A bipartisan group of US Senators is getting closer to finalizing the broadband policy provisions to be included in the Biden administration's $1 trillion infrastructure package.
Speaking on a Fiber for Breakfast webinar today, Gary Bolton, CEO of the Fiber Broadband Association, confirmed that legislators had settled some of those details, including how the broadband funding will be divided.
According to Bolton, the $65 billion breaks down as follows:
- $40 billion for broadband network construction
- $14 billion for the USDA RUS Reconnect program
- $6 billion for broadband financing programs
- $5 billion for affordability and adoption initiatives
Further, he said, a group of Senators is finalizing remaining details – including how funding gets administered and network requirements – with a reported deadline of July 9.
On funding administration, Bolton confirmed that the money will go directly to the states to award eligible recipients – which would be a win for local leaders who've been advocating for as much. Still to be determined is whether that cash will be administered by the FCC or the NTIA (the former, which has a notorious mapping problem; and the latter, which just released its own map with a more detailed look at the digital divide).
As far as network requirements go, Bolton cited several options being negotiated: including 100Mbit/s download and 20Mbit/s upload "in areas with 25/3 or less," as proposed by Senators Joe Manchin (D-WV) and John Cornyn (R-TX); as well as gigabit symmetric speeds cited in the BRIDGE Act, co-sponsored by Senators Angus King (I-ME), Rob Portman (R-Ohio) and Michael Bennet (D-Colo.).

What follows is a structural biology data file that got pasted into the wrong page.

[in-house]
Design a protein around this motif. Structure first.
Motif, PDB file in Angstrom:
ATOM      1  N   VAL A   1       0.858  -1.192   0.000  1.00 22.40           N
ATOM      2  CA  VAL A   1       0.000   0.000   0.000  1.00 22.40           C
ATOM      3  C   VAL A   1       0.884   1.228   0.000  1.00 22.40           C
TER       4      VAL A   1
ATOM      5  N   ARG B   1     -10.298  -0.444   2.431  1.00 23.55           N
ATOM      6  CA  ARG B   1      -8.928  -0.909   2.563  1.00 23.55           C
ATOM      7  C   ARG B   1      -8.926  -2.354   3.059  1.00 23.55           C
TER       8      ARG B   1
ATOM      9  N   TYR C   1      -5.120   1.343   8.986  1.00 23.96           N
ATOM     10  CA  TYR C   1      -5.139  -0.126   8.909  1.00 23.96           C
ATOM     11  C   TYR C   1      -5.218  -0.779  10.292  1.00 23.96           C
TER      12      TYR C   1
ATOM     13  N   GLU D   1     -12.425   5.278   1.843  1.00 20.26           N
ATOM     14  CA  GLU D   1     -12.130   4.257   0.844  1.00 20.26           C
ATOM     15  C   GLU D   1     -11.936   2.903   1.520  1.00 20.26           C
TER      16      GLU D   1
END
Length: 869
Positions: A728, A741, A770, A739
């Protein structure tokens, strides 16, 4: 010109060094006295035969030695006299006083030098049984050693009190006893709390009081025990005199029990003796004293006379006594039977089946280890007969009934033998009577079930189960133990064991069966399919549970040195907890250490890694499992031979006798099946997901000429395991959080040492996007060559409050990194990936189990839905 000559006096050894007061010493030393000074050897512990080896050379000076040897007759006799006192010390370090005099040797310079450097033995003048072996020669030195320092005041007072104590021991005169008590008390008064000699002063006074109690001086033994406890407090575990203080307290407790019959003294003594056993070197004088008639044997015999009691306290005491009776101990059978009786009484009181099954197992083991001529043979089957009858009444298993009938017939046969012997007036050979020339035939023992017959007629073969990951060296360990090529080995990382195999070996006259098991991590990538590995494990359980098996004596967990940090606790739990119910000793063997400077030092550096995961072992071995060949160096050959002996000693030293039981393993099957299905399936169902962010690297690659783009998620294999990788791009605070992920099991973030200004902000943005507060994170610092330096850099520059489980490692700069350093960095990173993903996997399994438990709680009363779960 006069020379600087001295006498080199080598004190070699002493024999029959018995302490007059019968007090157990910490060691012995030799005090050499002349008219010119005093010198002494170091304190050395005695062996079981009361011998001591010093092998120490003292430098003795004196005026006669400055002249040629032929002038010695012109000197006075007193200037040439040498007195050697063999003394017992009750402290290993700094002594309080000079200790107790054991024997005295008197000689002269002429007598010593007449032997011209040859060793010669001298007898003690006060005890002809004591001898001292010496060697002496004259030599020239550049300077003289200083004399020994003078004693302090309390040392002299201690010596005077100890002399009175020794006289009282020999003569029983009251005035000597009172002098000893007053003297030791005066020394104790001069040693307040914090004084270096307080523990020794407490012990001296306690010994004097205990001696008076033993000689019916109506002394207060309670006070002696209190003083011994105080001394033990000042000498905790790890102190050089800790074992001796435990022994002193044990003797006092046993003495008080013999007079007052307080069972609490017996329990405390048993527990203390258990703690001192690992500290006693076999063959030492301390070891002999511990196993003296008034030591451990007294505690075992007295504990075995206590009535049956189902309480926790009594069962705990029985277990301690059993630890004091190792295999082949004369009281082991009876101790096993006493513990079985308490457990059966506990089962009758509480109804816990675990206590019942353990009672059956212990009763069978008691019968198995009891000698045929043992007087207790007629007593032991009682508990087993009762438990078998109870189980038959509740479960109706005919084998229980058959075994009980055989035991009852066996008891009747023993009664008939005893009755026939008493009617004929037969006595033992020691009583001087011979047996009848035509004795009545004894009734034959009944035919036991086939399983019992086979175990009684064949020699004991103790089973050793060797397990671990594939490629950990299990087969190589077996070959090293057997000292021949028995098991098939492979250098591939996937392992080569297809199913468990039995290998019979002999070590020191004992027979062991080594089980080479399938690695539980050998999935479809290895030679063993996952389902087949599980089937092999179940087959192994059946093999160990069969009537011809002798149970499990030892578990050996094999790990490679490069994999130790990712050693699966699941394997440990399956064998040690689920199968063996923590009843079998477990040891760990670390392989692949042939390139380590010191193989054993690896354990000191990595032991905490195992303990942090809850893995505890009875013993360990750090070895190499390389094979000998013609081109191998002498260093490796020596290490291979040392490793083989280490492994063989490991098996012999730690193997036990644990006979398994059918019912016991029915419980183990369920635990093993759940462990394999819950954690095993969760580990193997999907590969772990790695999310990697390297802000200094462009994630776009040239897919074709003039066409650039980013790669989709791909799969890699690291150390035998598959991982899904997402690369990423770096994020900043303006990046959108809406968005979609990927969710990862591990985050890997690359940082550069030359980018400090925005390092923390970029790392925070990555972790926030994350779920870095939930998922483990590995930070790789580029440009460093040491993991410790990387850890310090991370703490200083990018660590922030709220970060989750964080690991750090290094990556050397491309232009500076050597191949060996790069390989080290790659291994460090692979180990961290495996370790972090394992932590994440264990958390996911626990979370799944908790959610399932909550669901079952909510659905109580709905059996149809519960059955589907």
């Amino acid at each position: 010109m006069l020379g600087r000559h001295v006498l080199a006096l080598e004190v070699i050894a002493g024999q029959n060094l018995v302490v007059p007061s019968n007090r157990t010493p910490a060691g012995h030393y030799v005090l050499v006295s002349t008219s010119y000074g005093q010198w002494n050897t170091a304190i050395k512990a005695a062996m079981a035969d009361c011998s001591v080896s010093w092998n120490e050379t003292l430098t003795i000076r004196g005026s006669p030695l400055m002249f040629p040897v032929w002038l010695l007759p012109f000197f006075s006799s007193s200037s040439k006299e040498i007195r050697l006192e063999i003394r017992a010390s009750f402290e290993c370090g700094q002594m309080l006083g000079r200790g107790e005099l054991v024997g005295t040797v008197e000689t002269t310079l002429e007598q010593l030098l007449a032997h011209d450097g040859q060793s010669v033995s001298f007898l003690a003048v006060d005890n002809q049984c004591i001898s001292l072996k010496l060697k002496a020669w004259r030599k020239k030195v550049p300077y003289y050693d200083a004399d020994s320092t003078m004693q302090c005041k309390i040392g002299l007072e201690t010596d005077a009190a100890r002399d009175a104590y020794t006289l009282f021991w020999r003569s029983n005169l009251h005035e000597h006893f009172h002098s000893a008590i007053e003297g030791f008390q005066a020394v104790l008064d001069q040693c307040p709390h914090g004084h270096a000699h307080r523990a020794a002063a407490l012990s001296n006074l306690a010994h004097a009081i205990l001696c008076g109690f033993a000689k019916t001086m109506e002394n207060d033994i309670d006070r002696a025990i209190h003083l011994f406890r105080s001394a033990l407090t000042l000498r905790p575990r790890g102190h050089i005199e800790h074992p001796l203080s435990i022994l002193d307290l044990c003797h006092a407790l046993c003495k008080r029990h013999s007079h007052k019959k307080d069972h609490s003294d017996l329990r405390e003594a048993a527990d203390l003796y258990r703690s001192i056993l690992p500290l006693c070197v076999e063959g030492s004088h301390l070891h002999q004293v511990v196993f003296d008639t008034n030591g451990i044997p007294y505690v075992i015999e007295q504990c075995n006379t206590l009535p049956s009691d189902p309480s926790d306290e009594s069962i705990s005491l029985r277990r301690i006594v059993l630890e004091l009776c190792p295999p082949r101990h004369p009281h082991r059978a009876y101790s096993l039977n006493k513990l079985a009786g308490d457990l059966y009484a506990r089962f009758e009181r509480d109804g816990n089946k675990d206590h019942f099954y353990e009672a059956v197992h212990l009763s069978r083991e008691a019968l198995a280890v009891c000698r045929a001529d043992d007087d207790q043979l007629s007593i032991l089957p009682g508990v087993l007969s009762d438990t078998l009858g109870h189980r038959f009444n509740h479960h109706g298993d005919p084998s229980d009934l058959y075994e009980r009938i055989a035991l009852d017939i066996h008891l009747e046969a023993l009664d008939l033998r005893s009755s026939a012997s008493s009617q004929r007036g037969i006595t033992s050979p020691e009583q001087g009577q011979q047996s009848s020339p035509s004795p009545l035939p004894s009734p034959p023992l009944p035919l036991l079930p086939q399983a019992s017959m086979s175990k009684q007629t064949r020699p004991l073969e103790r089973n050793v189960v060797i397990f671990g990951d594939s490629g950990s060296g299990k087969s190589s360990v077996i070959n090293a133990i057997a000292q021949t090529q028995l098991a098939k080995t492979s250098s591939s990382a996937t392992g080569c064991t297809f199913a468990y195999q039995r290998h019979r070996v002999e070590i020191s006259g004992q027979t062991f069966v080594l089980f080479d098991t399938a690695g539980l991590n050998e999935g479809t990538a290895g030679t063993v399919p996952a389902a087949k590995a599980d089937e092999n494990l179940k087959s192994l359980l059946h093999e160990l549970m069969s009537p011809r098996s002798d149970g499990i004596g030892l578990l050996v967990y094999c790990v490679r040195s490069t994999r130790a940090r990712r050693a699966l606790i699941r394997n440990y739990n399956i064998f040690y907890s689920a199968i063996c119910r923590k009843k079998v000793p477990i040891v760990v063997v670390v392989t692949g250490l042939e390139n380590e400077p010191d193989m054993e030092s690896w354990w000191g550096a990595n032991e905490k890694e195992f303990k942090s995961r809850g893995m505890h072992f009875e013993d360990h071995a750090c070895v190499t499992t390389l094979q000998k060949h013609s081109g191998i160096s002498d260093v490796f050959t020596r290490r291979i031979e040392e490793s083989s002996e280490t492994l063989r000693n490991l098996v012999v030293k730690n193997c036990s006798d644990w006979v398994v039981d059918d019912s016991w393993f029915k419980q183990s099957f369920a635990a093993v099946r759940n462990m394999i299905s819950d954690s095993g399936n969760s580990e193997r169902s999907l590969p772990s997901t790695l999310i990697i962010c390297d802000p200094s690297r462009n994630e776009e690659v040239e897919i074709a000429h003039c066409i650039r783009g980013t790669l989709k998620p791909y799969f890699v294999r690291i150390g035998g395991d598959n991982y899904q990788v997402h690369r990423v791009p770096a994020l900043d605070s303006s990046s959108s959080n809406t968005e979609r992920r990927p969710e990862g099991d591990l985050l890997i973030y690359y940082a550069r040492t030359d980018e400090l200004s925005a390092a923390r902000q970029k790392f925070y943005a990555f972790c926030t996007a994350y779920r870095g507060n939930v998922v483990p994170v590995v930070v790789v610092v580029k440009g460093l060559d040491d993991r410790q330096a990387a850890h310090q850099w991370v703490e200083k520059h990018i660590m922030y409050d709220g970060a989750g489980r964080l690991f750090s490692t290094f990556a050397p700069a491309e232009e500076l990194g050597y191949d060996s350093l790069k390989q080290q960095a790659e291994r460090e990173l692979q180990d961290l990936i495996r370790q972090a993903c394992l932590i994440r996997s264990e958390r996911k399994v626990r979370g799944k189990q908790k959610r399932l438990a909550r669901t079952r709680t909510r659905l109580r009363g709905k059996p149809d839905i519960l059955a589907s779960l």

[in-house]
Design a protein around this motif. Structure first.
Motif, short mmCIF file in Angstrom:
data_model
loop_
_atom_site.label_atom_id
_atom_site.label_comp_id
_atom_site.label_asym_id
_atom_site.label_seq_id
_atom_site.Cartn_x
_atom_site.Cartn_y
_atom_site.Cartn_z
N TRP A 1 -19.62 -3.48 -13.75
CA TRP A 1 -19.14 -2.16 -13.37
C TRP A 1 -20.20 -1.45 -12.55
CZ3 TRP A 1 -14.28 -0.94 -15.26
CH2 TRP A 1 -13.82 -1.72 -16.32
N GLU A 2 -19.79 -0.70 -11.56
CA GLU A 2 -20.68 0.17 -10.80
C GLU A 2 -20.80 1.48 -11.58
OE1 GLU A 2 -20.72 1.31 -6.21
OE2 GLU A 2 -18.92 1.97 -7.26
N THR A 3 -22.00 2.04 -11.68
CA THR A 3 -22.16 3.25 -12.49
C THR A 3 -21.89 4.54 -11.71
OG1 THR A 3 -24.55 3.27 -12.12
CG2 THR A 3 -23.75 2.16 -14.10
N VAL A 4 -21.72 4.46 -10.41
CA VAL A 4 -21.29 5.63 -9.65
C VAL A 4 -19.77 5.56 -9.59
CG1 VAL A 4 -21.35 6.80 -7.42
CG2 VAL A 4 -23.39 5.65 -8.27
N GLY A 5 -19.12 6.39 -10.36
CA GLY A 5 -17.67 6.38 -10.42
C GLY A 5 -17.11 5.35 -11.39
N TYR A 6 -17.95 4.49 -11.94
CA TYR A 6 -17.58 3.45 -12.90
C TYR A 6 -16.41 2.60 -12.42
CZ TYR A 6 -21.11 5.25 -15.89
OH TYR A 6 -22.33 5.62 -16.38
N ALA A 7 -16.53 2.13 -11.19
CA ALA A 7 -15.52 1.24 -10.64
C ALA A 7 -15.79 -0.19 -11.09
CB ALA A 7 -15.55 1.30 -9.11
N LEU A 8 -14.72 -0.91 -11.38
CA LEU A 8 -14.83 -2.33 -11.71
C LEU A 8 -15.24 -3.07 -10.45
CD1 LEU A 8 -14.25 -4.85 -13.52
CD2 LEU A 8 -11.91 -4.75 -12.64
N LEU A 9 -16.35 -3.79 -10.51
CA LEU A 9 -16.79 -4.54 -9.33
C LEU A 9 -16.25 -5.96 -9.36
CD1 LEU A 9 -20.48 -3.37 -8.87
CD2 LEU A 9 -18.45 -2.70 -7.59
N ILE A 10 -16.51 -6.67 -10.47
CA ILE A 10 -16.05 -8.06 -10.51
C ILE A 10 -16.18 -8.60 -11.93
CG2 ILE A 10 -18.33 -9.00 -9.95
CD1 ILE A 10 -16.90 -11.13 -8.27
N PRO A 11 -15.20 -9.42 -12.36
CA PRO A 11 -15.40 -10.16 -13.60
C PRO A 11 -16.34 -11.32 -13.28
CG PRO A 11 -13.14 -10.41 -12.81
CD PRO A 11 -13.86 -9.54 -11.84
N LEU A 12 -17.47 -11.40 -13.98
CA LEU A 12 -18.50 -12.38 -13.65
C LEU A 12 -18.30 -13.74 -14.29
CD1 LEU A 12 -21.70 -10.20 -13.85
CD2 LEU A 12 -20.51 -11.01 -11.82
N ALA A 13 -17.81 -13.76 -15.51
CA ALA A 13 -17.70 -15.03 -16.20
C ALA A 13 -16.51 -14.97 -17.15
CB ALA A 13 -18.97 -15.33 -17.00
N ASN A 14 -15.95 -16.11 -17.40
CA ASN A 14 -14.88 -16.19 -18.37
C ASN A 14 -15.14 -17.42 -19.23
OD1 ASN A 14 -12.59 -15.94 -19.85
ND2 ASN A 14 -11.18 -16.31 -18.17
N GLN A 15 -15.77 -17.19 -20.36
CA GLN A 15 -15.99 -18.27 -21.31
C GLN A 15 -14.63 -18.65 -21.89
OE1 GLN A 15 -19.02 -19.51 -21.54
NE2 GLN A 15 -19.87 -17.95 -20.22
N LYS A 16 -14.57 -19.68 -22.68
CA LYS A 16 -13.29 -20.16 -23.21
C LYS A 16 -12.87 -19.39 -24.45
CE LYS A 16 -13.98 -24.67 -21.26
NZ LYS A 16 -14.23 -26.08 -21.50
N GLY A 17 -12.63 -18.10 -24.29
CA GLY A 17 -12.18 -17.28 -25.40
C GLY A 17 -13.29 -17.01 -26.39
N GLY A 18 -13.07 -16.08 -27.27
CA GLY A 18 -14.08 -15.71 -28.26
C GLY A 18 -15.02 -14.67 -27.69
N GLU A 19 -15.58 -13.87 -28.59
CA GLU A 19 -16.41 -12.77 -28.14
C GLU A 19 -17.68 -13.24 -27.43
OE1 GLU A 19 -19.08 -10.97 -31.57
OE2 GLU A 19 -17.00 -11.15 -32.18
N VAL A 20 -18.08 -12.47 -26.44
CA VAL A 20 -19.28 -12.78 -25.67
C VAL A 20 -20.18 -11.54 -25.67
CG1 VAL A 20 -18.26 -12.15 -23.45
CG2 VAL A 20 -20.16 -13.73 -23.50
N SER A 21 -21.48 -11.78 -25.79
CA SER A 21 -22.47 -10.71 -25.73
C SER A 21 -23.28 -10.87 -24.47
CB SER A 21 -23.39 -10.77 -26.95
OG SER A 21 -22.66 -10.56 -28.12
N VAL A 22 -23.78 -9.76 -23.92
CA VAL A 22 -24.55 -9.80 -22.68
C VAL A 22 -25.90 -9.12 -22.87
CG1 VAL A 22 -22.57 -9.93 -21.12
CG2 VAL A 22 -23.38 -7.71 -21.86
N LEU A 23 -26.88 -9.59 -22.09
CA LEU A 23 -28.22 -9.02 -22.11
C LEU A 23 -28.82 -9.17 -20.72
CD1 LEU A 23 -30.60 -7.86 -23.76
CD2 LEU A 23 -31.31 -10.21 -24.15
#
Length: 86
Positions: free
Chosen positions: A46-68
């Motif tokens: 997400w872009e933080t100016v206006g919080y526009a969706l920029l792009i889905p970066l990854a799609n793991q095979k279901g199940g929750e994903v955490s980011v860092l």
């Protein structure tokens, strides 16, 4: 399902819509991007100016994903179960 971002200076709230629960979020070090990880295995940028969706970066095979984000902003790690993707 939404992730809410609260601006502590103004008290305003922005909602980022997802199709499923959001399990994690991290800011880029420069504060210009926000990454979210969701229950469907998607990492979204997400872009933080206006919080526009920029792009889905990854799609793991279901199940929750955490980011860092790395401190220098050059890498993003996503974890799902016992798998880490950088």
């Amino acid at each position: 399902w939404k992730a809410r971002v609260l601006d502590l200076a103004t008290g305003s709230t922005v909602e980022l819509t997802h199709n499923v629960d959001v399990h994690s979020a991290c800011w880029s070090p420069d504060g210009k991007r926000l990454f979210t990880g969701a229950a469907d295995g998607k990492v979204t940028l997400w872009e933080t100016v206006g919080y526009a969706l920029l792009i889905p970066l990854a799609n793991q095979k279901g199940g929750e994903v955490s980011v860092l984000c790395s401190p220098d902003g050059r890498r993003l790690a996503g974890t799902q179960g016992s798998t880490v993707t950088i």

"In short, this package is the single largest commitment of federal dollars ever for broadband, and we remain very encouraged by the bipartisan support to fully fund the national broadband program for future-proof networks," said Bolton.
In this episode of The Divide, FBA's Gary Bolton says the US needs a fiber-first strategy.
The bipartisan $65 billion broadband bill is $35 billion less than President Biden initially proposed, but if passed it will indeed represent the most significant national effort to close the digital divide.
Still, it's worth noting that several broadband experts have previously said that it will take more than $65 billion to solve connectivity challenges in the US, especially if the goal is a "future-proof" fiber network.
Testifying at a Congressional hearing this year, Johnny Park, CEO of Wabash Heartland Innovation Network (WHIN), said it could cost up to $150 billion to get high-speed fiber Internet everywhere it's needed.
Nevertheless, at an event in Illinois this afternoon promoting the administration's efforts on infrastructure, President Biden made brief, optimistic mention of the forthcoming broadband bill.
"One in every ten people in Illinois lacks access to high-speed Internet," he said. "The bipartisan agreement ... allows us to connect every American to reliable, high-speed, affordable Internet. Every single American, rural and urban."
— Nicole Ferraro, contributing editor and host of "The Divide" and "What's the Story?" Light Reading